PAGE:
US Ambassador to China Terry Branstad stepping down following Trump campaign ask

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(CNN)US ambassador to China Terry Branstad is leaving his post before the November election in part because President Donald Trump urged the former governor of Iowa to come back and help him campaign, multiple sources told CNN Monday.

Because Branstad always intended to serve only one term, his departure was expected, according to multiple administration officials and people familiar with his thinking. But as of a few weeks ago, Branstad was planning to remain in Beijing until after the election, according to two sources familiar. That changed when Trump asked Branstad to come back to the US and campaign for him after more than three years in Beijing.
“That is why he is ending it early — because the President asked,” said a source familiar with the request.
The news comes amid increasing tensions between the US and China on several fronts. The Chinese government announced on Friday it would be imposing unspecified restrictions on senior US diplomats and personnel inside China after Washington put in place a similar measure targeting Beijing’s diplomatic corps on September 3.
Branstad has been friends with Chinese President Xi Jinping since the 1980s, though his role as ambassador became increasingly fraught in recent months as the US-China relationship frayed amid the coronavirus pandemic. Branstad was ultimately never able to leverage the personal relationship to benefit the bilateral relations.
Trump referenced the outgoing ambassador and his son Eric Branstad — who is a senior adviser to Trump Victory 2020, the joint fundraising committee between the campaign and the Republican National Committee — during a phone call with Iowa Republican Sen. Joni Ernst.
“Eric Branstad’s fantastic and you know, Eric’s father is coming home from China because he wants to campaign,” Trump said on the call, which Ernst tweeted in a video on Saturday.

‘He still plays well in the Midwest’

A source familiar with the move says Trump wanted him back in the US to help campaign in Iowa. Branstad had told the President in recent months as they discussed his departure that he wanted to stay on in his role through the agricultural purchases that happened over the summer.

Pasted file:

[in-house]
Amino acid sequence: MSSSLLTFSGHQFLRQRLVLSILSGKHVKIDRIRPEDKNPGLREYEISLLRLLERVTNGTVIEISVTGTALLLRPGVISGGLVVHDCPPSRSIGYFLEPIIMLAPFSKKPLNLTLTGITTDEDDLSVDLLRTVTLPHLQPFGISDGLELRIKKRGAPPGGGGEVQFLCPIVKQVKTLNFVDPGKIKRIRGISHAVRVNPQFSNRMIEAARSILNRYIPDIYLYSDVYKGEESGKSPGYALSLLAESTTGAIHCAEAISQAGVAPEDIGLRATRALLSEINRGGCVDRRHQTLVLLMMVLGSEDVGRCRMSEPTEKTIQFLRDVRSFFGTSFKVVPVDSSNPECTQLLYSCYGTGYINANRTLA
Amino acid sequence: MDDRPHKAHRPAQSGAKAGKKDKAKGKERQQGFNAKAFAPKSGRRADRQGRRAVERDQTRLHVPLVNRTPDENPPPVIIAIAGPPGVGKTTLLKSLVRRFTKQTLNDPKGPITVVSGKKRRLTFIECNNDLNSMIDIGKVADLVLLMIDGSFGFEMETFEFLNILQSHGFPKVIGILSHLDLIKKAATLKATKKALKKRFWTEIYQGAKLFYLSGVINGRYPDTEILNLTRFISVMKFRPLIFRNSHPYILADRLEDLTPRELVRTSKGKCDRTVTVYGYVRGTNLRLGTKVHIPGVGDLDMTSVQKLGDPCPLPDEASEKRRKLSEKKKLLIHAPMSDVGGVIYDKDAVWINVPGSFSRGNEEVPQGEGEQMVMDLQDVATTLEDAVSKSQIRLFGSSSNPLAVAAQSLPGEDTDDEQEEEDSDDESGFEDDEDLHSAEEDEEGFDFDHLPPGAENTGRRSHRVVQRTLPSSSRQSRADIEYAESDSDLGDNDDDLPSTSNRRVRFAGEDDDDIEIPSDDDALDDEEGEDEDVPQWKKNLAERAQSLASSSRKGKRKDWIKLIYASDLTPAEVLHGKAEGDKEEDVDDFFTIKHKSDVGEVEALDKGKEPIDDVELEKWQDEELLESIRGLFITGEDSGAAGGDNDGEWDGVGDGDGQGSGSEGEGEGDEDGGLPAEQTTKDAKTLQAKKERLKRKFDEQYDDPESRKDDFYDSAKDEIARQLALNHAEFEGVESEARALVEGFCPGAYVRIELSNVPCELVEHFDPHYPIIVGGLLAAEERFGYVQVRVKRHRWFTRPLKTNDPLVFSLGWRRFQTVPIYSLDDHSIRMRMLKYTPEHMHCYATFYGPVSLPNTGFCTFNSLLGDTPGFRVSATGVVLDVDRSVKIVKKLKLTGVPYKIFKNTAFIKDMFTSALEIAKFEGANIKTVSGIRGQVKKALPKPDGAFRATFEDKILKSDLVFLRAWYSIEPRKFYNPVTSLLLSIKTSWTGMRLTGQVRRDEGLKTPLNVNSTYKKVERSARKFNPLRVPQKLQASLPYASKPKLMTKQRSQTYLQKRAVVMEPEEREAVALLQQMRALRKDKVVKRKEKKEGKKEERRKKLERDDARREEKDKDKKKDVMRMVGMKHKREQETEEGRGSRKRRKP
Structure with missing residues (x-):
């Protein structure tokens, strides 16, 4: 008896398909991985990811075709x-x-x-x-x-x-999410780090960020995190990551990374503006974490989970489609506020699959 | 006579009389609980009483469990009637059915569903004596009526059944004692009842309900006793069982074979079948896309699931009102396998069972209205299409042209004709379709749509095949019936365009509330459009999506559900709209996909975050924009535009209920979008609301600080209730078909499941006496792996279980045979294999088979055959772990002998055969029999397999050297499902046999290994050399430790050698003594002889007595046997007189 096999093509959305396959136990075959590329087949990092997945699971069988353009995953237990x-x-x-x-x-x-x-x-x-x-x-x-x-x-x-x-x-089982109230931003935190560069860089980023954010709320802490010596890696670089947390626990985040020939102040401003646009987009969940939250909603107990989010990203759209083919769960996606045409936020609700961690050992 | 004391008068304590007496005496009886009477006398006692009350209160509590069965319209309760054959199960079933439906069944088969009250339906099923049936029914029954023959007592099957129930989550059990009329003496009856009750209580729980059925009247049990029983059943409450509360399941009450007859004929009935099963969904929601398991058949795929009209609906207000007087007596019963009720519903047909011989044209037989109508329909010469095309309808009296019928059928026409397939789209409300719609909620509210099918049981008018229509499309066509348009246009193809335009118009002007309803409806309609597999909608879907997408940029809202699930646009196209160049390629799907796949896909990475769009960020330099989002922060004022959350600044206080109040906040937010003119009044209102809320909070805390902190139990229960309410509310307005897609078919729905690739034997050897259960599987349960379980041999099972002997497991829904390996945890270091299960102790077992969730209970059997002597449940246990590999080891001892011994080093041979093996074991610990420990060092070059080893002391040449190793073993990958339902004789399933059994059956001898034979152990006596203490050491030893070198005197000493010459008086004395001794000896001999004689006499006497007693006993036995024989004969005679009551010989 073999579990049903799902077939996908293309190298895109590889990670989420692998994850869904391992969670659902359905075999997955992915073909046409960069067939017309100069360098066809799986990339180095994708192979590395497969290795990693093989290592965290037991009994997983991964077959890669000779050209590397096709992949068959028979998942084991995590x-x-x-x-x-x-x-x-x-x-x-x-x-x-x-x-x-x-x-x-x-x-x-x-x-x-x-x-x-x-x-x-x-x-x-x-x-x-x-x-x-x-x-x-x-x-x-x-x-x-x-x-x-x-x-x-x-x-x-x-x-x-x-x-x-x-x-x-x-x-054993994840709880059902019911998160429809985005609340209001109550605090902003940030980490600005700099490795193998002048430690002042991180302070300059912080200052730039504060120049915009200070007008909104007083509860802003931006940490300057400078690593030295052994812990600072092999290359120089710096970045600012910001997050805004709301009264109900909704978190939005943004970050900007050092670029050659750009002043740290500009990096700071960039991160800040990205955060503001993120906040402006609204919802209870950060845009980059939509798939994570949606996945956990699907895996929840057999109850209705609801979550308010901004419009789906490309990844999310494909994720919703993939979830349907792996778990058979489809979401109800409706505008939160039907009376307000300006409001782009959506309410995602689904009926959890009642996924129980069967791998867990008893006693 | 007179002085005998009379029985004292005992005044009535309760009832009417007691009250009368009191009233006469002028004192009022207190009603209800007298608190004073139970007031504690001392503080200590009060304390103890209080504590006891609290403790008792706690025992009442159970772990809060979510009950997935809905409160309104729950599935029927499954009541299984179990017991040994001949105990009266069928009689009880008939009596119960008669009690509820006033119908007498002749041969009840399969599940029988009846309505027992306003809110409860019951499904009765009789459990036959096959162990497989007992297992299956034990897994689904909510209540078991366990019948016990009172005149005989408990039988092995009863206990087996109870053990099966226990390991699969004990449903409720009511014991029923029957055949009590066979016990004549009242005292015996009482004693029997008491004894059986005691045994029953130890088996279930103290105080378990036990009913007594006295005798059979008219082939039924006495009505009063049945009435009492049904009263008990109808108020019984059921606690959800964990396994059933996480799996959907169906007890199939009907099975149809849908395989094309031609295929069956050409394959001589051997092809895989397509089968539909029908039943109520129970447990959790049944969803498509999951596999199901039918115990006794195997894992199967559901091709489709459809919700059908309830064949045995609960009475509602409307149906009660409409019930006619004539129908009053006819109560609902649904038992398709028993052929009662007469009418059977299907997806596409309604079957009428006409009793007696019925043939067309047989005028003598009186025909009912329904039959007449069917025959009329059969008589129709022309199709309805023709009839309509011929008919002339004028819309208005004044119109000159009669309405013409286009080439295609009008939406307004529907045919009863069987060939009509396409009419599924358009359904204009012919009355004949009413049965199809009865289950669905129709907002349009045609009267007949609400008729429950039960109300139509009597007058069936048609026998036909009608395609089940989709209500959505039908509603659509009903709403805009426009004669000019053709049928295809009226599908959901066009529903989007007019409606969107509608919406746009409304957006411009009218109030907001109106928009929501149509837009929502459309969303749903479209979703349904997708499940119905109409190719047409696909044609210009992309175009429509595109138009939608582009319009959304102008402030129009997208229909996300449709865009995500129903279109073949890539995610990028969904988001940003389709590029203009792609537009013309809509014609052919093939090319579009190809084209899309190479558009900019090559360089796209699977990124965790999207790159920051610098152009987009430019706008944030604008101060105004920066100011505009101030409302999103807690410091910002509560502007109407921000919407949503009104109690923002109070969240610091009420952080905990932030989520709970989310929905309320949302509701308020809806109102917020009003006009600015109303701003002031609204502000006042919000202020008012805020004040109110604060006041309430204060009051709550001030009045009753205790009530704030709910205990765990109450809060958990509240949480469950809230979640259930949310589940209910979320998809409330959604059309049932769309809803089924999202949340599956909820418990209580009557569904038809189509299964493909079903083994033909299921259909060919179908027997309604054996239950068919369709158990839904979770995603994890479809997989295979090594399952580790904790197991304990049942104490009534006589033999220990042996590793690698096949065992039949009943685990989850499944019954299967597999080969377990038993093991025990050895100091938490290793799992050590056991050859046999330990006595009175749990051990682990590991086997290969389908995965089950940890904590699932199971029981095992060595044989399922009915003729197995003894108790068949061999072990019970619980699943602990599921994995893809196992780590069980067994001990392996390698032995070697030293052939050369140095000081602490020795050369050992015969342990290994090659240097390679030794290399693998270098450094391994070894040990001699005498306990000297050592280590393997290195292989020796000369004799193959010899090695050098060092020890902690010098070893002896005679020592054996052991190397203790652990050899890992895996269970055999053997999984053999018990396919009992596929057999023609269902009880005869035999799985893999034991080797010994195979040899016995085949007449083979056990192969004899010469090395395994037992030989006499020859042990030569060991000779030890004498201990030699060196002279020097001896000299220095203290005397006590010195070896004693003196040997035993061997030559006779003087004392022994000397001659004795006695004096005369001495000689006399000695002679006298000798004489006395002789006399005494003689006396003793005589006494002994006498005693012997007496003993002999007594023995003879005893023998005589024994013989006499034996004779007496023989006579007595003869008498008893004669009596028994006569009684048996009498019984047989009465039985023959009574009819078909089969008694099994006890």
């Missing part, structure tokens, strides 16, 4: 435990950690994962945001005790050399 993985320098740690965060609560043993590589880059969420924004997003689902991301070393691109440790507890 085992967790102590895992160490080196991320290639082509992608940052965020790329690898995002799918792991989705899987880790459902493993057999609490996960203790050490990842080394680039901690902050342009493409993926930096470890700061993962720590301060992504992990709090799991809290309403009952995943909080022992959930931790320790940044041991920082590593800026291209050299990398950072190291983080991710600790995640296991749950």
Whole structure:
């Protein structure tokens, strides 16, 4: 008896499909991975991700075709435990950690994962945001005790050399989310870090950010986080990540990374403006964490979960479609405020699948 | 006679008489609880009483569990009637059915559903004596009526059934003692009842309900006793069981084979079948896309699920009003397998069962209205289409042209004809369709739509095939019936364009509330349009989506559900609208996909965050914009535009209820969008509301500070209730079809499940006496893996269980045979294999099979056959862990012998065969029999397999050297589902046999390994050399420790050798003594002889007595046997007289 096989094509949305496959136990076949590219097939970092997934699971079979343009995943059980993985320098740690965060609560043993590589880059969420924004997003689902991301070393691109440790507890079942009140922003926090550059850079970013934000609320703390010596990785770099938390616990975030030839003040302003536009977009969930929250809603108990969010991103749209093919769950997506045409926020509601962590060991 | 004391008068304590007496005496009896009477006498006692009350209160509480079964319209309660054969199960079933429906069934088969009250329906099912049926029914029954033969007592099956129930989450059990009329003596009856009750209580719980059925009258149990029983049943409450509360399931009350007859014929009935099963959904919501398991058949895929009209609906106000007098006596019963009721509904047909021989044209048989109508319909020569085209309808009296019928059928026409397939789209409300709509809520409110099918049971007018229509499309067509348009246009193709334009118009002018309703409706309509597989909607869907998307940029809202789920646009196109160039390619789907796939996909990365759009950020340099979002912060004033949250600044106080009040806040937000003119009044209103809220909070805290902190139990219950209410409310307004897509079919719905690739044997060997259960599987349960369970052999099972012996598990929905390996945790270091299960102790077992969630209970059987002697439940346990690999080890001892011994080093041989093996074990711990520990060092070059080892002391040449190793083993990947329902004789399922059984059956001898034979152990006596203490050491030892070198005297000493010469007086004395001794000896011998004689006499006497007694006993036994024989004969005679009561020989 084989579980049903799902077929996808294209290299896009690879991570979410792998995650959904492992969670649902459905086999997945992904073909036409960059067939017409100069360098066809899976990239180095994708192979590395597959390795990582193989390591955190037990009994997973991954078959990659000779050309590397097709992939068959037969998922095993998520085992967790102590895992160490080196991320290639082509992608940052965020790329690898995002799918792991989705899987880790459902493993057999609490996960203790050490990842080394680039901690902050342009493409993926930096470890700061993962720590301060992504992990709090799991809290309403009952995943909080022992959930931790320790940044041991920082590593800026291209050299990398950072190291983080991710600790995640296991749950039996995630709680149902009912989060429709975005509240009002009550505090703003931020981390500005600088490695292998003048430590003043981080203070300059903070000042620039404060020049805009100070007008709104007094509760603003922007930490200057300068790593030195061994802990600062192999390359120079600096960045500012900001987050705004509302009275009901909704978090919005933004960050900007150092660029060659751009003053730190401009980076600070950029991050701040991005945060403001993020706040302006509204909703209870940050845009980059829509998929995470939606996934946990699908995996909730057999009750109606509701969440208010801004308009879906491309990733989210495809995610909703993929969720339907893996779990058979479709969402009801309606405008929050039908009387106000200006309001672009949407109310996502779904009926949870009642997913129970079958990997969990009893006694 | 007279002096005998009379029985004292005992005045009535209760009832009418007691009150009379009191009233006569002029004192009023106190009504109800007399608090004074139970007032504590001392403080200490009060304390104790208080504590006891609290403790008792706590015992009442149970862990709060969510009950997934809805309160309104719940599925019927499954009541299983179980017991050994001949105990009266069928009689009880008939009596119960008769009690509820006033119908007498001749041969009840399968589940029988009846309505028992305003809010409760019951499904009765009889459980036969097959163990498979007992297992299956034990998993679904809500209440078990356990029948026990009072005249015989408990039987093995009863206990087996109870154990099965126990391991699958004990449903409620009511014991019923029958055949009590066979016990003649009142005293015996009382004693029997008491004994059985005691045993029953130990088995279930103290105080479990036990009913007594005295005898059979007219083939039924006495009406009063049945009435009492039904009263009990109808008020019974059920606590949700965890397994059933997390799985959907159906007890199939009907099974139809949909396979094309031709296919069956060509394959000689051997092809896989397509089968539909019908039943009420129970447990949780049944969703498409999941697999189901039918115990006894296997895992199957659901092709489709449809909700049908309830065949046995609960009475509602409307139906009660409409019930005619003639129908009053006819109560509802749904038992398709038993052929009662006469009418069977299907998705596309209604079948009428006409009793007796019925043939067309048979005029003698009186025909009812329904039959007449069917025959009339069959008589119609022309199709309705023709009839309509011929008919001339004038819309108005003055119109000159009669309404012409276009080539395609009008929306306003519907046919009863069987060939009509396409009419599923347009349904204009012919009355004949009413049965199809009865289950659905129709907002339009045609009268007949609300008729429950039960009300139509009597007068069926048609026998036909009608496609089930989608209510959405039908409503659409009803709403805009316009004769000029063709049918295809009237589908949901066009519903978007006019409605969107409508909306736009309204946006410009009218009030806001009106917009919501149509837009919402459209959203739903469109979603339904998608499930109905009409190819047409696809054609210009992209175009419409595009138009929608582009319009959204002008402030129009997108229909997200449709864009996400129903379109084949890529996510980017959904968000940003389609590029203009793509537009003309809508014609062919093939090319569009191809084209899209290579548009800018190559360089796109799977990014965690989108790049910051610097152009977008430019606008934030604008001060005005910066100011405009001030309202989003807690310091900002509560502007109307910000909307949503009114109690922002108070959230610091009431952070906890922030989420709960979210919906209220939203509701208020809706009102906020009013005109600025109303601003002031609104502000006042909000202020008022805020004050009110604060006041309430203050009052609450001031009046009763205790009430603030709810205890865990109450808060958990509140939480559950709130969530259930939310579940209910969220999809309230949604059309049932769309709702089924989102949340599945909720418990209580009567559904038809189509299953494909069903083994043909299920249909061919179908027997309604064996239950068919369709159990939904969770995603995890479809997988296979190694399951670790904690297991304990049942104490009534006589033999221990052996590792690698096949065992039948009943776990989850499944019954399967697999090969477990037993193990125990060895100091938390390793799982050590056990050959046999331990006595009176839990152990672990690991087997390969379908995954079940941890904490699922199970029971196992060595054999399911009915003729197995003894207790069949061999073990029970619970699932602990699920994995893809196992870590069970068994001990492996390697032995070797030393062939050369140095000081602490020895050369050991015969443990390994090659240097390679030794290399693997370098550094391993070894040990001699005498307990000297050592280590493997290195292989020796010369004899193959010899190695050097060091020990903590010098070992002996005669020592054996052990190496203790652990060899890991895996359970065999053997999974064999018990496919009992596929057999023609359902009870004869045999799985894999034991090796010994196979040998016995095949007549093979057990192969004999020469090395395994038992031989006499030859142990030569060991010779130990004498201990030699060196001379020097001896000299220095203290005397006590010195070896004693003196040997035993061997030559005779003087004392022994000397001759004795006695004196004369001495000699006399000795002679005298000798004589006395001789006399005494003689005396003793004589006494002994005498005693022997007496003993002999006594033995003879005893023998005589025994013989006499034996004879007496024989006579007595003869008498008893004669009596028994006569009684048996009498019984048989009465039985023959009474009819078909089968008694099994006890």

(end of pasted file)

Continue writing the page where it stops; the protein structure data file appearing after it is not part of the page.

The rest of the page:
The Trump campaign believes that Branstad could have an impact on voters in Iowa, Wisconsin, Missouri and even Minnesota, according to two sources familiar.
“He still plays well in the Midwest. He has high name ID and is probably the best person to talk about the China influence,” said a source close to the Trump campaign.
Biden and Trump remain in a very tight race in Iowa, according to polls over the last few months. Trump won the state by about 10% in 2016.
It is unclear if someone told Trump that it would be a good idea for Branstad to come back and campaign or if the President came up with the idea on his own.
Experts say that the repercussions are not expected to be major, given that Branstad was not a central player in the US-China policy space. While Branstad is not a leading voice in the Trump administration’s tough on China approach, he is expected to assume a “more forward leaning approach” when he hits the campaign trail, said the source close to the campaign.
In a Twitter post early Monday, US Secretary of State Mike Pompeo thanked Branstad for his service to the American people as the US Ambassador.
“President (Donald Trump) chose Ambassador Branstad because his decades-long experience dealing with China made him the best person to represent the Administration and to defend American interests and ideals in this important relationship,” Pompeo said.
Pompeo didn’t give a reason for Branstad’s departure, or any announcement about a potential successor to the important diplomatic post.